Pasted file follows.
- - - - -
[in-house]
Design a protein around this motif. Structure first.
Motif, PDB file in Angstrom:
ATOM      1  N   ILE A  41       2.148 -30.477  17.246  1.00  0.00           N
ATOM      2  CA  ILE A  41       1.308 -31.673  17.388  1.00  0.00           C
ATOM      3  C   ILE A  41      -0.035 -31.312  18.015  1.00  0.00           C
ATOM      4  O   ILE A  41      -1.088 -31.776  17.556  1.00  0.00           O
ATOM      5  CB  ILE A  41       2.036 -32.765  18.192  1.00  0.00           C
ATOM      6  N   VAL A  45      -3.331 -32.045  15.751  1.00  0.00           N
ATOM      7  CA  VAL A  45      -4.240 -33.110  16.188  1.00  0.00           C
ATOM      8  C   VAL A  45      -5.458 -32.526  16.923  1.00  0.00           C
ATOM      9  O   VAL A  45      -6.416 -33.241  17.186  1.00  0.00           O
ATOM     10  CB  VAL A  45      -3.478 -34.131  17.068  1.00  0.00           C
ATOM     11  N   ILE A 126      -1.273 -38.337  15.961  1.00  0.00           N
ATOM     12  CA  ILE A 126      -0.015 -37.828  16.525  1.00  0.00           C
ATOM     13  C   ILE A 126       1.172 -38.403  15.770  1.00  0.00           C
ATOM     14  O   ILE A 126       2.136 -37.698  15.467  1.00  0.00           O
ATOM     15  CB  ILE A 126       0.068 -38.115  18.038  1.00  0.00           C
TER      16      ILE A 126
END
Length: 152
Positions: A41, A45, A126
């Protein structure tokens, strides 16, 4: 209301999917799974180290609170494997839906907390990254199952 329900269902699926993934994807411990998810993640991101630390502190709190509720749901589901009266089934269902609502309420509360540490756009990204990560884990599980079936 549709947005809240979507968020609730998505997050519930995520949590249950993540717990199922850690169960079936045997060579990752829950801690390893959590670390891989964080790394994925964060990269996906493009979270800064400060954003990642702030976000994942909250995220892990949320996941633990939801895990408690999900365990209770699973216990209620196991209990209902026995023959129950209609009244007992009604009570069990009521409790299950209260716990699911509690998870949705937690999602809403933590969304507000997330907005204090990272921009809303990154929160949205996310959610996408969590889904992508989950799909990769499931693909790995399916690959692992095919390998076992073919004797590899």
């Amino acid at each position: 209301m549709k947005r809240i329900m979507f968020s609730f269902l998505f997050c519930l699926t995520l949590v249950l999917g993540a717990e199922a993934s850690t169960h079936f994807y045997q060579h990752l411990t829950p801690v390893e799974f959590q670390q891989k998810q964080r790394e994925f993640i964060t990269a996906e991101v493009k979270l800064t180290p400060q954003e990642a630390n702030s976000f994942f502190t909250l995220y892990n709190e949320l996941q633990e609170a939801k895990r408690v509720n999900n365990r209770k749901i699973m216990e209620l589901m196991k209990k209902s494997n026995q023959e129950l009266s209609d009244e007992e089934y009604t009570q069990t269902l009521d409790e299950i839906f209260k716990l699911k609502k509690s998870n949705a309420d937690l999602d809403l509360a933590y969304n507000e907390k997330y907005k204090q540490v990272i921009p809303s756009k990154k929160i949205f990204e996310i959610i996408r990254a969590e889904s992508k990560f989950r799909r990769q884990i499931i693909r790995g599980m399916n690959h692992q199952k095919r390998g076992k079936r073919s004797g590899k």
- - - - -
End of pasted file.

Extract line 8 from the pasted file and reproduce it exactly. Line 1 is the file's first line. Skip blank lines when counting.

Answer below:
ATOM      5  CB  ILE A  41       2.036 -32.765  18.192  1.00  0.00           C